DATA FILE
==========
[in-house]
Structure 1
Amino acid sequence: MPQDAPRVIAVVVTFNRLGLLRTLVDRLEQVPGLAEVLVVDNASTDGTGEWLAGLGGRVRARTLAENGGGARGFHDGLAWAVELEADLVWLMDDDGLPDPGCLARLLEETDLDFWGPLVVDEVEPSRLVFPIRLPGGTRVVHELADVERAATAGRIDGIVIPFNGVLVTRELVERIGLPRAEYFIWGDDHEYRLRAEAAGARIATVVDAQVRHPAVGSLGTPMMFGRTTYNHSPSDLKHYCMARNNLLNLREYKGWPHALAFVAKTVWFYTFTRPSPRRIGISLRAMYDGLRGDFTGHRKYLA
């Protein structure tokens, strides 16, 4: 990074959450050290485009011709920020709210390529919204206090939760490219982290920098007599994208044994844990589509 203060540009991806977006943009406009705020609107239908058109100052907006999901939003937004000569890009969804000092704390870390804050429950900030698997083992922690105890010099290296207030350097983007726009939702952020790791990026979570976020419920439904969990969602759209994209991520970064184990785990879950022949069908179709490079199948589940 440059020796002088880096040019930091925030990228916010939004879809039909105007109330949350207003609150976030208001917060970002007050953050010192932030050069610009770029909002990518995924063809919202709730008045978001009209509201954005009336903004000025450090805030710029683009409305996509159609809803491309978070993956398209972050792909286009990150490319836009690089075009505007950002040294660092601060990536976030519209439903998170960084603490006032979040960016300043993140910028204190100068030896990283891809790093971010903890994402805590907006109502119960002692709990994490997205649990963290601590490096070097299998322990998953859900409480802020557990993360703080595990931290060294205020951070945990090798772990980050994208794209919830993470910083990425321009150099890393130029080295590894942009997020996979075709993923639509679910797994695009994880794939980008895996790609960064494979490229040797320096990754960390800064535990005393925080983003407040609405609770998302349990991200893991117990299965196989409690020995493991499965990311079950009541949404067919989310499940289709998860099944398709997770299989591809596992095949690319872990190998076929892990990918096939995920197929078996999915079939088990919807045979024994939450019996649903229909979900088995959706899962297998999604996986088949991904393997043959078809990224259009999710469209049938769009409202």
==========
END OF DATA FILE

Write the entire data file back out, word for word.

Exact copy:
[in-house]
Structure 1
Amino acid sequence: MPQDAPRVIAVVVTFNRLGLLRTLVDRLEQVPGLAEVLVVDNASTDGTGEWLAGLGGRVRARTLAENGGGARGFHDGLAWAVELEADLVWLMDDDGLPDPGCLARLLEETDLDFWGPLVVDEVEPSRLVFPIRLPGGTRVVHELADVERAATAGRIDGIVIPFNGVLVTRELVERIGLPRAEYFIWGDDHEYRLRAEAAGARIATVVDAQVRHPAVGSLGTPMMFGRTTYNHSPSDLKHYCMARNNLLNLREYKGWPHALAFVAKTVWFYTFTRPSPRRIGISLRAMYDGLRGDFTGHRKYLA
């Protein structure tokens, strides 16, 4: 990074959450050290485009011709920020709210390529919204206090939760490219982290920098007599994208044994844990589509 203060540009991806977006943009406009705020609107239908058109100052907006999901939003937004000569890009969804000092704390870390804050429950900030698997083992922690105890010099290296207030350097983007726009939702952020790791990026979570976020419920439904969990969602759209994209991520970064184990785990879950022949069908179709490079199948589940 440059020796002088880096040019930091925030990228916010939004879809039909105007109330949350207003609150976030208001917060970002007050953050010192932030050069610009770029909002990518995924063809919202709730008045978001009209509201954005009336903004000025450090805030710029683009409305996509159609809803491309978070993956398209972050792909286009990150490319836009690089075009505007950002040294660092601060990536976030519209439903998170960084603490006032979040960016300043993140910028204190100068030896990283891809790093971010903890994402805590907006109502119960002692709990994490997205649990963290601590490096070097299998322990998953859900409480802020557990993360703080595990931290060294205020951070945990090798772990980050994208794209919830993470910083990425321009150099890393130029080295590894942009997020996979075709993923639509679910797994695009994880794939980008895996790609960064494979490229040797320096990754960390800064535990005393925080983003407040609405609770998302349990991200893991117990299965196989409690020995493991499965990311079950009541949404067919989310499940289709998860099944398709997770299989591809596992095949690319872990190998076929892990990918096939995920197929078996999915079939088990919807045979024994939450019996649903229909979900088995959706899962297998999604996986088949991904393997043959078809990224259009999710469209049938769009409202």